I was planning on updating yesterday, but I had a huge English research project to work on, so I didn't get the chance. So here it is now.
To s-pecial-lee me, losingmyfaith, icequeen401, BoredomKills0620, woodstock1969, Pinkamoo, rockMus, Pieces of the sun, yen yang river, and Bella Ride: Thanks so much for the reviews you guys sent :D I really appreciate them!
Okay. Last chapter.
The dining room looked absolutely beautiful. The long table, covered with a brown and orange tablecloth, was set with glass plates. Creatively folded napkins were placed in the middle of each one, and two orange candles were set on either side of the centerpiece; a cornucopia. A simple but pretty glass chandelier hung in the middle of the ceiling, filling the entire room with light.
Since the room was so crowded, it took a while for everyone to find their seats. Even though everyone younger than fifteen was seated at the "kid's table" in the kitchen, there were still about 20 people in the dining room. Travis had an older brother, Zach, who was 23 years old; he had invited his fiancé, Danielle. On his dad's side, Travis had two aunts, two uncles, a grandmother, and a grandfather. Karen's side of the family consisted of her sister, her sister's husband, and her two parents. She also had a sixteen-year-old niece and a 19-year-old nephew who, as Karen had informed me earlier, brought their girlfriend and boyfriend.
In the short time it took to get settled at the table, I was briefly introduced to every relative in the room. Names swarmed around in my head as I tried to match them with faces. Before I had the chance to get them all down, however, Karen had made her last trip from the kitchen to the dining room and set the last item of food on the table.
With Travis seated to my left and his cousin, Mariel, on my right, I glanced around at everyone else who was, slowly but surely, starting to quiet down.
"Whadda ya say we get the kids in here to say Grace, eh?" Travis's Uncle Scott asked. His wife, Lillian, got to her feet and rushed into the kitchen to get the rest of them.
A few minutes later, everyone was crammed into the dining room and huddled around the table. Zach was volunteered to say Grace, so he waited until the room was silent.
Everyone linked hands and bowed their heads, creating a huge circle around the dining room table. Travis grabbed my hand, holding it up between our heads with our elbows on the table. He glanced sideways and smiled at me. The simple action forced butterflies into my stomach.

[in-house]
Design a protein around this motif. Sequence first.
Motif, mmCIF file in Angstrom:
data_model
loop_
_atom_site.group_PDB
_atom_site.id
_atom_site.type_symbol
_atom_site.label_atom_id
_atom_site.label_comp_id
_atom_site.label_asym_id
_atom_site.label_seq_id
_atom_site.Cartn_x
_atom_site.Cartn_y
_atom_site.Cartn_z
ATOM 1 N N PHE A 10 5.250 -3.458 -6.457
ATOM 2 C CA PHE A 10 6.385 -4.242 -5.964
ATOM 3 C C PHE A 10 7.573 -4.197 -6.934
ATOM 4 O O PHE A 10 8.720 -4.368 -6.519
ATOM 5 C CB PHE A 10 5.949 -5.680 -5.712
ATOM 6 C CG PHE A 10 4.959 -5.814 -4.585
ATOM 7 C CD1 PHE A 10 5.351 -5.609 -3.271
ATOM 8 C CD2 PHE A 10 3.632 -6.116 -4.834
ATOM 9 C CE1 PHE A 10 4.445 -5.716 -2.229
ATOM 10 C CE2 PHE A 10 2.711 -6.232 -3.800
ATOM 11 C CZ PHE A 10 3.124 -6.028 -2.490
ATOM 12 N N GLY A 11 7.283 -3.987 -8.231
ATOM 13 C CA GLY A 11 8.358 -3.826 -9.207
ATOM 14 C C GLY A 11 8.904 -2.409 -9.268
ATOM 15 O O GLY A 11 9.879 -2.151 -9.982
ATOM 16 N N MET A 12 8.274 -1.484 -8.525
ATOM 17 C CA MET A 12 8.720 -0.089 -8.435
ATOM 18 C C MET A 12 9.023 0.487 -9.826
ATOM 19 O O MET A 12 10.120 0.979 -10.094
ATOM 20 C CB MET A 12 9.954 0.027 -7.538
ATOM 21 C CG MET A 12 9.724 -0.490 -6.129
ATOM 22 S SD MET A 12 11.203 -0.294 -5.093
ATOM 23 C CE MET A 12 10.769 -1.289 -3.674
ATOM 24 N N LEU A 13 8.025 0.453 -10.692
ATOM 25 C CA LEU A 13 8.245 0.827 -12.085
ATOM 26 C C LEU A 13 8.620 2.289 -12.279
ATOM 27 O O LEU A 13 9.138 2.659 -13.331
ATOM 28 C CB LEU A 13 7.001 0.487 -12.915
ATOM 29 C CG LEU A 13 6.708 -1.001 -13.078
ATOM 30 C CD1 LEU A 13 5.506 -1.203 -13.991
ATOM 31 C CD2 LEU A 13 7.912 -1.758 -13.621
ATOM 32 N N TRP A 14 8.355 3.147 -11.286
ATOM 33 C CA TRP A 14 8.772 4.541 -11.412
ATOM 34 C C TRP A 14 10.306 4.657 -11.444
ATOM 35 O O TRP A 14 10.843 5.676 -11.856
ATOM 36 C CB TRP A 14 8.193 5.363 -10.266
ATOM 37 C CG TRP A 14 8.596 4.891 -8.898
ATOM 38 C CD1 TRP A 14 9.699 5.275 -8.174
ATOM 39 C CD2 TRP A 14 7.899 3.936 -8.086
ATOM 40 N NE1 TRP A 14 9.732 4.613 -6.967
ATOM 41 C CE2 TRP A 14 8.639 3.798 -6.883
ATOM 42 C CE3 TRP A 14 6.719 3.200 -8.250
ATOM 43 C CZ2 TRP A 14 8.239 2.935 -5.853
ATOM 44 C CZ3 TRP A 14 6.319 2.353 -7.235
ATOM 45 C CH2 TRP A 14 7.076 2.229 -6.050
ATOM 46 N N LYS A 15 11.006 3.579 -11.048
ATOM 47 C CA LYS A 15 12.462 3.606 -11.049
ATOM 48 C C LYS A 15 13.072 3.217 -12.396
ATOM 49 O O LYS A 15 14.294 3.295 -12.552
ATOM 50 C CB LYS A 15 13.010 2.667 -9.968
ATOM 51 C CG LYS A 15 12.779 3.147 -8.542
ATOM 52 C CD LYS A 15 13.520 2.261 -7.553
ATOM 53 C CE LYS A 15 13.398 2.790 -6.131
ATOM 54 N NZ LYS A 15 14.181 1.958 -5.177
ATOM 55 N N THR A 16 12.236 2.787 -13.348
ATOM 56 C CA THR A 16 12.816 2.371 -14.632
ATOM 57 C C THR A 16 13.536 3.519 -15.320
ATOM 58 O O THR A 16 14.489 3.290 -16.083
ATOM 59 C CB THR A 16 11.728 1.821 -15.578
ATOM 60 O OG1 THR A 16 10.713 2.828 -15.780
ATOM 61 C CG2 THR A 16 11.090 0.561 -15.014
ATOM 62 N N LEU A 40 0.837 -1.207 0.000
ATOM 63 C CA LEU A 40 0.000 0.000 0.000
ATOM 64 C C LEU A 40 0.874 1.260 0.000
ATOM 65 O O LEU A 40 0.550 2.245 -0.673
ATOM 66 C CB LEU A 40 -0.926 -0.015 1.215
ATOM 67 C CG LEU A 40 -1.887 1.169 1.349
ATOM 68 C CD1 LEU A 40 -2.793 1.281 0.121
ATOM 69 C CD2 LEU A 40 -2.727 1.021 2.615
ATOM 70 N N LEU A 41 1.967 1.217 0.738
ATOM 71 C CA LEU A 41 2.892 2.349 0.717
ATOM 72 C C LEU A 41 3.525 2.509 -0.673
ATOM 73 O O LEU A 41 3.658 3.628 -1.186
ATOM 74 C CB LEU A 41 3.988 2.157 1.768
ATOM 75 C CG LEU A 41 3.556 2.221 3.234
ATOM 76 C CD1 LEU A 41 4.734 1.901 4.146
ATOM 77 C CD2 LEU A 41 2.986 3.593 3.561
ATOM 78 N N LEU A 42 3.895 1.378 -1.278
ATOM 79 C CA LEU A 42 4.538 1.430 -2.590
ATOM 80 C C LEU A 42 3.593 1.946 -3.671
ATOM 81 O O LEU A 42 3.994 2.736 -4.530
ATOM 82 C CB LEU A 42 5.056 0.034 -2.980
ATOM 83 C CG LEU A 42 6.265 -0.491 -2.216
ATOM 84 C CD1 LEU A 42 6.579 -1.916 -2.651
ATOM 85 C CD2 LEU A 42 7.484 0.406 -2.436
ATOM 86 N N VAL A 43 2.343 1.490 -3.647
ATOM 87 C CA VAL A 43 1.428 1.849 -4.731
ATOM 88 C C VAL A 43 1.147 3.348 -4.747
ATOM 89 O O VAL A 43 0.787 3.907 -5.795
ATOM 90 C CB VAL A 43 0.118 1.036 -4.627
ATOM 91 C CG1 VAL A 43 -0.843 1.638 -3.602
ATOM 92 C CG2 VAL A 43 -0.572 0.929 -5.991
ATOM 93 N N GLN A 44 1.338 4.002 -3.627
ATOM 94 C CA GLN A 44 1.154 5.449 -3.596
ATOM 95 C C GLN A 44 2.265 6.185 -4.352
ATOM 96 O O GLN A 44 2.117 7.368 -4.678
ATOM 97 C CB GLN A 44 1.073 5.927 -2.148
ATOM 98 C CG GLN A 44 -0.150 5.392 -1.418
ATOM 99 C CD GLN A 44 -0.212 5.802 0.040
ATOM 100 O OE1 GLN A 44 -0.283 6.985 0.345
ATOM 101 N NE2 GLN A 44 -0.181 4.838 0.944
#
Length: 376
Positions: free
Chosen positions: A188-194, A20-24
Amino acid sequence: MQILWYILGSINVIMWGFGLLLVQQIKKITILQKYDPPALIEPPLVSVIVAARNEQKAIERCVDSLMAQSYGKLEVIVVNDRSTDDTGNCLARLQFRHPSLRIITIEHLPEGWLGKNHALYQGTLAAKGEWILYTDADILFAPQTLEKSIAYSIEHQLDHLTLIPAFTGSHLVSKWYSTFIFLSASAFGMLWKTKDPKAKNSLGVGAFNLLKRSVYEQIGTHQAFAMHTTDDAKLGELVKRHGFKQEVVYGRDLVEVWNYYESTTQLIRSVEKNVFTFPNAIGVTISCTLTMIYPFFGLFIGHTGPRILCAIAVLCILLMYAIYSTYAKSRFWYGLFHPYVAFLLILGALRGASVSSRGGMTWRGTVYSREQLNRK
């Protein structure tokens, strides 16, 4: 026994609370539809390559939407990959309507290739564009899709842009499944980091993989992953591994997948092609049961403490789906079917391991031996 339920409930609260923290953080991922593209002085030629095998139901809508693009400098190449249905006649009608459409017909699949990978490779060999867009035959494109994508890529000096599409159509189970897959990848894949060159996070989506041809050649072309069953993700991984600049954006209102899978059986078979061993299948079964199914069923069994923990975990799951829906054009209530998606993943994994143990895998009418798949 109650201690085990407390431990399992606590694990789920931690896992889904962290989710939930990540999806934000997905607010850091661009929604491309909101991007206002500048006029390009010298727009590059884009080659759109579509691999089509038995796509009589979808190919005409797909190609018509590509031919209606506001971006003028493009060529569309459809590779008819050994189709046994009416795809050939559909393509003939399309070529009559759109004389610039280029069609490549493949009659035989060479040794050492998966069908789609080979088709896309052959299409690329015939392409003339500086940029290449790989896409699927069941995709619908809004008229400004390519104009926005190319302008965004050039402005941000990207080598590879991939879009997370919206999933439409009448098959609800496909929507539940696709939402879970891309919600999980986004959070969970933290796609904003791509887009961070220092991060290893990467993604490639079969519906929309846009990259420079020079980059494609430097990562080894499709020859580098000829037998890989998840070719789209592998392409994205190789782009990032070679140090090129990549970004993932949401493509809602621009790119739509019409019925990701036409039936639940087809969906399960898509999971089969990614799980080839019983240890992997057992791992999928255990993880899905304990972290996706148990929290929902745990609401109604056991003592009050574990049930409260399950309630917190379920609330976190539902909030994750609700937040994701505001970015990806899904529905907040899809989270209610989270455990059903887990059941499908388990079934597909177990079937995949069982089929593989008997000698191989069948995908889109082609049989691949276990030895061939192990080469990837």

Zach's speech was short and to the point, but very sincere nonetheless. My mother had never brought me up to be very religious, but I liked the fact that Travis's family was. It made the dinner seem all the more special.
Travis's Uncle Carl, a large, stout man with red cheeks and jet black hair (and probably too much wine in him at the moment), was the first to break the silence. "Well, good gravy, good meat, good God, let's eat!" His booming laughter filled the dining room. I guess everyone's entitled to at least one crazy uncle.
The noise started up again, and the kids, taking their plates back with them, retreated into the kitchen. Everyone brought their heads up and dropped hands, but Travis didn't let go of my hand right away. With our fingers interlaced, our hands laid on the tablecloth between our plates. Only when his Uncle asked him to pass the sweet potatoes did he let go.
The dinner was incredible. We had everything from turkey and corn to cranberry sauce and stuffed mushrooms. Karen really was, as promised by Travis, an amazing cook.
Even twenty minutes after everyone had finished eating, we sat around the table telling stories and jokes and laughing up a storm. The rest of Travis's family had turned out to be just as welcoming as I had hoped. I no longer felt like an outsider around them.
When we finally stood up from the table, it had been over two hours since we first sat down. With about 30 people helping to clear the table, it didn't take very long. However, it made for a very difficult trip to the sink through a crowd that large.
Once the table was empty, I offered to help Karen with the dishes, but she refused. "The dishwasher will do all the washing; I just have to rinse them first," she assured me. "But go downstairs with everyone else, alright? I'll be right down." Karen shooed me out of the kitchen, adding a "Thank you anyway, Riley," on my way down the stairs.
Everyone had gathered in the living room, but surprisingly, it wasn't too loud. I assumed that, like me, they all felt drowsy.
Someone had lit a fire in the fireplace, warming the room. All of the other lights were off except for the glow from the television. Travis's uncles had set it to football.
Some of the kids were quietly playing board games on the floor, but most had just taken blankets from the couch and passed out on the rug. Zach had his acoustic guitar over in the corner. He was strumming quietly while his fiancé sat beside him.
Travis had saved a spot for me on the couch. He waved me over and I slid in next to him.
"You having fun?" he asked.
I nodded and smiled.
"Good." He took the blanket that was on his lap and covered me with it, too. Then, almost cautiously, he slid his arm around me.
The dinner combined with the warmth and dimness of the room was making me sluggish. My eyelids felt heavy, so I lowered my head onto Travis's shoulder and shut my eyes.
There were barely any cars on the road as we drove. I yawned and glanced down at the clock on the stereo. The green glowing numbers read, "2:47"
I'm not sure how long I had been in that light, dreamless state on Travis's shoulder, but someone had eventually turned on the lights. I had woken up and raised my head, squinting in the brightness.
Travis had laughed at my clueless expression, until I murmured for him to "kindly shut it."
I suppose my hair was messed up from the nap, because Travis had reached up and casually brushed a few strands from my eyes. I felt my cheeks start to get hot, but Travis thought nothing of it. He had stood up from the couch and stretched his arms above his head for a second, luckily missing the pink color that had risen to my cheeks.
We had grabbed some dessert, but the two of us didn't stay long since I was just about ready to pass out face first in my apple pie. Unfortunately, the cup of coffee I drank didn't have the affect I was hoping for. Travis had grabbed his keys and, after saying goodbye to his family, we were on the road.
Snow started to fall from the dark gray sky. As far as I knew, it was the first snowfall of the year in New York. The cold weather always seemed to miss the rain in early autumn.
I yawned again, shutting my eyes and letting my head drop backwards against the seat.